• Die Fraktionierung ist ein Trennprozess, bei dem verschiedene Materialien auf Grund ihrer Eigenschaften voneinander getrennt werden. Bei der Sedimentation von Teilchen in einer Flüssigkeit dient deren unterschiedliche Dichte zu ihrer Trennung, da schwere Teilchen schneller auf den Boden des Gefäßes sinken als leichtere. Bei der Schaumfraktionierung als Trennprozess dient zur Trennung verschiedener Moleküle in einer Lösung deren Grenzflächenaktivität, d.h. das unterschiedliche Vermögen der Moleküle, sich an der Oberfläche von Gasblasen anzureichern. Durch das Aufsteigen der Blasen in der Flüssigkeit werden daher die Moleküle mit der höheren Grenzflächenaktivität stärker in der Schaumschicht angereichert als die weniger stark grenzflächenaktiven Komponenten. Ziel der vorliegenden Dissertation ist es, den Prozess der Schaumfraktionierung hinsichtlich der Trennung von grenzflächenaktiven Molekülen zu analysieren. Die Bildung von Blasen und deren anschließendes Aufsteigen in der Lösung kann als wichtigstes Element in diesem ProzessDie Fraktionierung ist ein Trennprozess, bei dem verschiedene Materialien auf Grund ihrer Eigenschaften voneinander getrennt werden. Bei der Sedimentation von Teilchen in einer Flüssigkeit dient deren unterschiedliche Dichte zu ihrer Trennung, da schwere Teilchen schneller auf den Boden des Gefäßes sinken als leichtere. Bei der Schaumfraktionierung als Trennprozess dient zur Trennung verschiedener Moleküle in einer Lösung deren Grenzflächenaktivität, d.h. das unterschiedliche Vermögen der Moleküle, sich an der Oberfläche von Gasblasen anzureichern. Durch das Aufsteigen der Blasen in der Flüssigkeit werden daher die Moleküle mit der höheren Grenzflächenaktivität stärker in der Schaumschicht angereichert als die weniger stark grenzflächenaktiven Komponenten. Ziel der vorliegenden Dissertation ist es, den Prozess der Schaumfraktionierung hinsichtlich der Trennung von grenzflächenaktiven Molekülen zu analysieren. Die Bildung von Blasen und deren anschließendes Aufsteigen in der Lösung kann als wichtigstes Element in diesem Prozess angesehen werden. Es ist bekannt, dass die Geschwindigkeit aufsteigender Luftblasen in Wasser eine charakteristische Größe ist, die durch die Anwesenheit grenzflächenaktiver Stoffe (Tenside, Proteine) stark verringert wird. Die vorliegende Dissertation zeigt für das ausgewählte Protein ß-Lactoglobulin und für verschiedene Lebensmittel-Tenside, dass die Messung der Aufstiegsgeschwindigkeit von Luftblasen zur Beurteilung der Anreicherung dieser Moleküle an der Blasenoberfläche ausgezeichnet geeignet ist. Die experimentellen Ergebnisse bei verschiedenen Lösungsbedingungen, wie Konzentration von Protein bzw. Tensid, pH-Wert und Ionenstärke der Lösung, zeigen deutlich, dass die Anreicherung der Proteinmoleküle wesentlich stärker ist als die von Tensiden. Dies gilt auch für Tenside mit einer sehr hohen Grenzflächenaktivität, was im Wesentlichen durch die extrem feste (nahezu irreversible) Anreicherung der Proteinmoleküle zu erklären ist. Die erzielten experimentellen Ergebnisse dienen jetzt als Grundlage für die Weiterentwicklung der Theorie aufsteigender Blasen, die besonders von der Dynamik der Anreicherung der Moleküle geprägt ist. Neueste Untersuchungen haben gezeigt, dass auf der Grundlage dieser experimentellen Ergebnisse erstmals die Geschwindigkeitskonstanten der Anreicherung (Adsorption und Desorption) unabhängig voneinander ermittelt werden können.show moreshow less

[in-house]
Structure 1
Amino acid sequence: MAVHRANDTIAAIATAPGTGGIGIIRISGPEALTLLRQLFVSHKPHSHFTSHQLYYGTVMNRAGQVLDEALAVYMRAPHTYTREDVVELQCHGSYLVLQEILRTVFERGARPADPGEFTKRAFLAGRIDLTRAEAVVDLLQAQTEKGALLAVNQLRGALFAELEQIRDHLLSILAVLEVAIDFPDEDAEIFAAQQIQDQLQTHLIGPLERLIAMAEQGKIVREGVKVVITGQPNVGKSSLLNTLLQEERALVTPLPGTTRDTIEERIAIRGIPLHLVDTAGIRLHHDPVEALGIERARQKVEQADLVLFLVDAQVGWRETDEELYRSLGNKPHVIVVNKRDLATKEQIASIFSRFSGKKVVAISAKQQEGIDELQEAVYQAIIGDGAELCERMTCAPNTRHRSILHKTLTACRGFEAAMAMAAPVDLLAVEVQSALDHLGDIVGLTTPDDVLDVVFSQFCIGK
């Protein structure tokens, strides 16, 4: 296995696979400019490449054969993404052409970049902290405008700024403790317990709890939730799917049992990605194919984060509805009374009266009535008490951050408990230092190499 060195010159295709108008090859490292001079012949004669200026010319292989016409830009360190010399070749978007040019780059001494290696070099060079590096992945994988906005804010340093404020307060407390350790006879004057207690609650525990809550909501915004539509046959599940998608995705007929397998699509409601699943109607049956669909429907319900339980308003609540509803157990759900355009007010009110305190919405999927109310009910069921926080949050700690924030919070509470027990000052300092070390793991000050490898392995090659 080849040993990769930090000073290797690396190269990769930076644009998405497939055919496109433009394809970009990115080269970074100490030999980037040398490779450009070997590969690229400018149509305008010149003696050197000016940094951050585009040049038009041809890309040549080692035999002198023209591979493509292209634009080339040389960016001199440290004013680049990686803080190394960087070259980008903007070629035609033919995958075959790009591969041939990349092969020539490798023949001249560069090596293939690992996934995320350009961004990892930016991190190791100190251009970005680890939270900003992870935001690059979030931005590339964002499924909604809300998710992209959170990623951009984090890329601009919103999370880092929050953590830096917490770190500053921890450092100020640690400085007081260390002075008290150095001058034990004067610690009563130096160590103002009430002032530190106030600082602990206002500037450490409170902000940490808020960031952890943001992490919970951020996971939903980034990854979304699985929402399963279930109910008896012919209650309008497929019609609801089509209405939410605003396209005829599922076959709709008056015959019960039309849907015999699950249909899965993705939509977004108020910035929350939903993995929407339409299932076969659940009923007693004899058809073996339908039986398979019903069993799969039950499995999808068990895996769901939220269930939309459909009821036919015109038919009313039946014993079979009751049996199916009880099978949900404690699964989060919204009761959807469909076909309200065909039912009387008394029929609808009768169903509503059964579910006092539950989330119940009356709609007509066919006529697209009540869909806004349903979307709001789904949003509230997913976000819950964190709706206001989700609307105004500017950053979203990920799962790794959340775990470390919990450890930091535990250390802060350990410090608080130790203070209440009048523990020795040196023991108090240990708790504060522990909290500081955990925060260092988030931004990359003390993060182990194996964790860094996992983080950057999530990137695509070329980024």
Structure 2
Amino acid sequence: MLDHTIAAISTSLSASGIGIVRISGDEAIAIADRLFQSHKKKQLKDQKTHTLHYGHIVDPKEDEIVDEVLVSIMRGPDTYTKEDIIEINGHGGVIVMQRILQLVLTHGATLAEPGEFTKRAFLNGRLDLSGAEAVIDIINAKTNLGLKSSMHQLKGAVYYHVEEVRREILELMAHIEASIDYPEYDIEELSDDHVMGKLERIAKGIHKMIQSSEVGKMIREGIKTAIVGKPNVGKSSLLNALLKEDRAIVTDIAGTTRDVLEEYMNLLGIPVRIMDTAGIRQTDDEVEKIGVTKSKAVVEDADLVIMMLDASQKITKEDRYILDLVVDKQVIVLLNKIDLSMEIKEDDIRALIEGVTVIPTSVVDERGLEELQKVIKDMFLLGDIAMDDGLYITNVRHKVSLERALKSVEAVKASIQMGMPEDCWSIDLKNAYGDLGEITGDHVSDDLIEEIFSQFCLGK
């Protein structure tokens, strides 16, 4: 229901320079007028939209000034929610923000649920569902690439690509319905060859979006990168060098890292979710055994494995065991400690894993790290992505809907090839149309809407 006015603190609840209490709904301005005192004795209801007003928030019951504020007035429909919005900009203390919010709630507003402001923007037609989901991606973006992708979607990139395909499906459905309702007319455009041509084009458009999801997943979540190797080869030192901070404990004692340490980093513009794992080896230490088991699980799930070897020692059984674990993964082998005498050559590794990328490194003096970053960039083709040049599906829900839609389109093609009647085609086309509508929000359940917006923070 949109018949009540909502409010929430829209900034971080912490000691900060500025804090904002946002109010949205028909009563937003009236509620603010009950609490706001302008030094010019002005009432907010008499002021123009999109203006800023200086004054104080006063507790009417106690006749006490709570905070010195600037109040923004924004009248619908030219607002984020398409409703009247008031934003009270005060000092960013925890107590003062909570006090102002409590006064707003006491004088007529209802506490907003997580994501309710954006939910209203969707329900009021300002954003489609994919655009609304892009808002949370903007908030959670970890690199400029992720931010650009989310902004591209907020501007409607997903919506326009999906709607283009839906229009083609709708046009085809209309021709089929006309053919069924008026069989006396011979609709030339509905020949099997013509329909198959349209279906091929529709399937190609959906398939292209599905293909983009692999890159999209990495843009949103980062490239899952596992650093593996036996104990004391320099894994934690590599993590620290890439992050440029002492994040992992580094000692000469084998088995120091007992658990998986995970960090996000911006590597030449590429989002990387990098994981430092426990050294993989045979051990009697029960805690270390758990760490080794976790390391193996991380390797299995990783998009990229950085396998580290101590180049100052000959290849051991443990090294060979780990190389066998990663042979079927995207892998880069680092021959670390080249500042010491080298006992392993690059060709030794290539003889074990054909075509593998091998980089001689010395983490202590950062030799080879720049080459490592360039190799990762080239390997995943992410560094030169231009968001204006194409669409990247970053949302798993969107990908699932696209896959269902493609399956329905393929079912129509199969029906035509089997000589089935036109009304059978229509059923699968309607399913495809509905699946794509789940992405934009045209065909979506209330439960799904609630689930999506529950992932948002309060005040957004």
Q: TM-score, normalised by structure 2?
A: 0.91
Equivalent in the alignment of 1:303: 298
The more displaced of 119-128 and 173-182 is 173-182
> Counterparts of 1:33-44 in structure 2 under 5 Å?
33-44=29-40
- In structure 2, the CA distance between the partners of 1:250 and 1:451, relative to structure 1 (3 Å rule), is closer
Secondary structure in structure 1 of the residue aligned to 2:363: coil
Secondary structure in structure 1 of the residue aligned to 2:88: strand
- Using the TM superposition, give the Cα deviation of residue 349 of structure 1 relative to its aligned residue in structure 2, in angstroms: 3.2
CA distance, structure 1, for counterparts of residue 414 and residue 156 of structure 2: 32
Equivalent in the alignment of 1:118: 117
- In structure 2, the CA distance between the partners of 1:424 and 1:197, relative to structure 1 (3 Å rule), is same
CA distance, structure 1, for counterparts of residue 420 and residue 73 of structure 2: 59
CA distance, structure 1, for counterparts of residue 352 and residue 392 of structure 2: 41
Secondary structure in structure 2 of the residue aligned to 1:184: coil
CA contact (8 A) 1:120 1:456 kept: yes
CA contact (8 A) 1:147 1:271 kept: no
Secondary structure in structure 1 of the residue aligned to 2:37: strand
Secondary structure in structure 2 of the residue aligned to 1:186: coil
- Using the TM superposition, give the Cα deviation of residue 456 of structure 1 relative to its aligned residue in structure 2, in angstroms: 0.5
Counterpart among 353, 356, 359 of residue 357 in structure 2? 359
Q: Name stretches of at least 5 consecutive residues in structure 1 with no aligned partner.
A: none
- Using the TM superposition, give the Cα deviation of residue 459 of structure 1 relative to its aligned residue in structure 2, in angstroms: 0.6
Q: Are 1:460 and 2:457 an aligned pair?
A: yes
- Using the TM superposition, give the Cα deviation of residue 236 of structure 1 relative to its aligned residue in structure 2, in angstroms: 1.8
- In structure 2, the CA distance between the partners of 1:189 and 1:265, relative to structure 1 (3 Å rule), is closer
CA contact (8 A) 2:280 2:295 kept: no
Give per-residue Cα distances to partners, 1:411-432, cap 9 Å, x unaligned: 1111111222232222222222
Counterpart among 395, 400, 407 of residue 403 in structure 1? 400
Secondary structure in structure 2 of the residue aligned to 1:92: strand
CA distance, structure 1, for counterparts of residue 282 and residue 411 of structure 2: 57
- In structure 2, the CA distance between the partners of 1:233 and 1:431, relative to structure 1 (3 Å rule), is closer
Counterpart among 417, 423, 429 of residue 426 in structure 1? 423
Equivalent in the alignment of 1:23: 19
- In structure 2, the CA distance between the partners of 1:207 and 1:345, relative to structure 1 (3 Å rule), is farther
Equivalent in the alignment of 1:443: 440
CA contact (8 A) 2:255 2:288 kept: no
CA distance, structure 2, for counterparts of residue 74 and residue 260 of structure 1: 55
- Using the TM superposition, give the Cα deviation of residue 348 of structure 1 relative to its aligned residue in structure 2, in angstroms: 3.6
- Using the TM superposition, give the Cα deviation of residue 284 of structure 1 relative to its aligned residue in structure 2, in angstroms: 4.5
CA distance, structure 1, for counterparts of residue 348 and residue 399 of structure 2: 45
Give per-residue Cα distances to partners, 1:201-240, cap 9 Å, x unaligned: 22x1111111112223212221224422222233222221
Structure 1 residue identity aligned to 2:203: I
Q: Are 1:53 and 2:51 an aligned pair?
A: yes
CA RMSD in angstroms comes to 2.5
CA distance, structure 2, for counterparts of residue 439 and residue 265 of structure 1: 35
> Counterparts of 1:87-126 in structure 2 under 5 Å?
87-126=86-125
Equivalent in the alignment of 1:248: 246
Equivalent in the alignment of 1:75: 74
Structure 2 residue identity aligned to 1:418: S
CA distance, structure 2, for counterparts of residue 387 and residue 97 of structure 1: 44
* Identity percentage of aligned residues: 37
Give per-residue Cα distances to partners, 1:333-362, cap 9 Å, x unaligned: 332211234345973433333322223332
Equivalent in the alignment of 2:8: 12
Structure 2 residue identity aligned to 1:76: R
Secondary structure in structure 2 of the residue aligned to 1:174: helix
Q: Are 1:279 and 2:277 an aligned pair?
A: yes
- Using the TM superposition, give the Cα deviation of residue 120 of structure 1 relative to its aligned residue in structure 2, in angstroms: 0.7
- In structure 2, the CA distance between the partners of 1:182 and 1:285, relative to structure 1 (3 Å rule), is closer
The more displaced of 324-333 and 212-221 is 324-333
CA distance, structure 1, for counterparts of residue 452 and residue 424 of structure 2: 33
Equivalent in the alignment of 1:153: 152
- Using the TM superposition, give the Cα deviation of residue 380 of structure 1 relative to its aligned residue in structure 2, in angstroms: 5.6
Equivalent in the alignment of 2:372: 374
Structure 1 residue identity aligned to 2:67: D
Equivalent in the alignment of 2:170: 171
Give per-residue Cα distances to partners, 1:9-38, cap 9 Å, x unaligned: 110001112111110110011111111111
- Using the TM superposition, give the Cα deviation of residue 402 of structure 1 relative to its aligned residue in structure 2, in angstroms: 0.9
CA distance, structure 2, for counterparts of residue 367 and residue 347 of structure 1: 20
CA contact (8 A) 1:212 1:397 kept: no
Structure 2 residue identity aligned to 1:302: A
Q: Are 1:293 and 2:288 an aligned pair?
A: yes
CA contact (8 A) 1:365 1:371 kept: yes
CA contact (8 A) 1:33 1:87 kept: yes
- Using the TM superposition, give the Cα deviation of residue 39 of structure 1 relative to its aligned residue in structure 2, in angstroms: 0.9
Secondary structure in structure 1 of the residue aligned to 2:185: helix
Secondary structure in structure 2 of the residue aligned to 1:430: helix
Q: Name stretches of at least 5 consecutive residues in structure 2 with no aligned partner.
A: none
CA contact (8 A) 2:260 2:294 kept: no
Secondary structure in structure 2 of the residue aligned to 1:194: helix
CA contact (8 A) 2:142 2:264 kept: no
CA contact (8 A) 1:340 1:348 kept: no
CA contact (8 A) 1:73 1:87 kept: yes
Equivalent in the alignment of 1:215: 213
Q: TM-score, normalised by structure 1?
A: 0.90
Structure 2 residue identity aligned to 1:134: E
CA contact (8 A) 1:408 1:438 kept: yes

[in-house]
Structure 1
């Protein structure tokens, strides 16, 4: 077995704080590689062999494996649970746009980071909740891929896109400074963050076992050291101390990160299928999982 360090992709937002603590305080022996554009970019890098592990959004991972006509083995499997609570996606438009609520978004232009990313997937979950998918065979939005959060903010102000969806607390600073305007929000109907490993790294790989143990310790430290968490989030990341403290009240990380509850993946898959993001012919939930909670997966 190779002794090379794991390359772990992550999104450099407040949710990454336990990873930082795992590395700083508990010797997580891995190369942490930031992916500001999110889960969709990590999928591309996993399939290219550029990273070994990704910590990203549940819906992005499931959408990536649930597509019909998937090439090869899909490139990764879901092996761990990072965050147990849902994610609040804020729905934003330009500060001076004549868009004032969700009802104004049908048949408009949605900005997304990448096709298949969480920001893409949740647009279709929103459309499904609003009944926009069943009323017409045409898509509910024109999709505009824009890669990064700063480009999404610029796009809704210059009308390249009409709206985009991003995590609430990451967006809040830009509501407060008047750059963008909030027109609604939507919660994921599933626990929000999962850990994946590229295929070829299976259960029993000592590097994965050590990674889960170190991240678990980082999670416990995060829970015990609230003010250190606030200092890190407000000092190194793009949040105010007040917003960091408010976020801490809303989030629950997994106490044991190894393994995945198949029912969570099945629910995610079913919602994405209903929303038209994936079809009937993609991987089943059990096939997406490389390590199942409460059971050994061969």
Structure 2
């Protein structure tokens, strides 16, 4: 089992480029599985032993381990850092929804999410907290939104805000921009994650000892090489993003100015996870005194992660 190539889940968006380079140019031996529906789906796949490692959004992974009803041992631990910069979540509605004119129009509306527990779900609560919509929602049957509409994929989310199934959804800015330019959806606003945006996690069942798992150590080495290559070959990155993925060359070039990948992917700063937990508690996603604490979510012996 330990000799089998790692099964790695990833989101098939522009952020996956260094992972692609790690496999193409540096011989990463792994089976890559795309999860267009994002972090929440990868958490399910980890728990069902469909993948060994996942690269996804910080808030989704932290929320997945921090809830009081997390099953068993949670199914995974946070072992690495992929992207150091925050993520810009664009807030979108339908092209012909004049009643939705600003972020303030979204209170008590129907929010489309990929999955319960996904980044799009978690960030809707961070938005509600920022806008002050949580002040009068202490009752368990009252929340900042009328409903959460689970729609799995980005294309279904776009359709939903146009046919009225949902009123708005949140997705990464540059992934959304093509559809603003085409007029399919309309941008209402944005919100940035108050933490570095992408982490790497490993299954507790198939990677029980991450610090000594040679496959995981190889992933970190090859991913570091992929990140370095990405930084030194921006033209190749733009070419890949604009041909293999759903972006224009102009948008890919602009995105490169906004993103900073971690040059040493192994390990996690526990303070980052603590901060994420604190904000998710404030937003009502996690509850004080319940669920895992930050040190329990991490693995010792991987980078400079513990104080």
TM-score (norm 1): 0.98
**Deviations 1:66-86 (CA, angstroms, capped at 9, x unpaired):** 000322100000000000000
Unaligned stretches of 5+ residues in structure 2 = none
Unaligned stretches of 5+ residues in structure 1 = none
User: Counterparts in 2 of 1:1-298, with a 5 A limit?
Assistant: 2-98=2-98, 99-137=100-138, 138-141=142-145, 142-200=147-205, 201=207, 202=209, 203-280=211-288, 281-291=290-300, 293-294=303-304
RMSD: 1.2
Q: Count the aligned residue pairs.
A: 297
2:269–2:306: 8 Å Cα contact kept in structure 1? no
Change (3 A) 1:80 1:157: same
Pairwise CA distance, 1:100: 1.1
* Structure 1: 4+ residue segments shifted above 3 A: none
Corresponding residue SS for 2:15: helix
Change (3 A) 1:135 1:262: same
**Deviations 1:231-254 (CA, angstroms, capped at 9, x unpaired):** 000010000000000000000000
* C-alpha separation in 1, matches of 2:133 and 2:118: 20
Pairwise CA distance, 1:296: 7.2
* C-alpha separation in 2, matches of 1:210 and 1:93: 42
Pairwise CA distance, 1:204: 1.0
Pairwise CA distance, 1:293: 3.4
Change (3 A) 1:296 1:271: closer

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Metadaten
Author:Vamseekrishna Ulaganathan
URN:urn:nbn:de:kobv:517-opus4-94263
Advisor:Gerald Brezesinksi
Document Type:Doctoral Thesis
Language:English
Year of Completion:2016
Publishing Institution:Universität Potsdam
Granting Institution:Universität Potsdam
Date of final exam:2016/05/27
Release Date:2016/08/25
Tag:Adsorption; Beta-Lactoglobulin; Schaum; Wasser/Luft Grenzflächen; steigende Blasen
adsorption; air-water interface; foam; protein; rising bubble
Pagenumber:ix, 136
RVK - Regensburg Classification:VE 5070, VE 7077
Organizational units:Mathematisch-Naturwissenschaftliche Fakultät / Institut für Chemie
Extern / Extern
Licence (German):License LogoKeine Nutzungslizenz vergeben - es gilt das deutsche Urheberrecht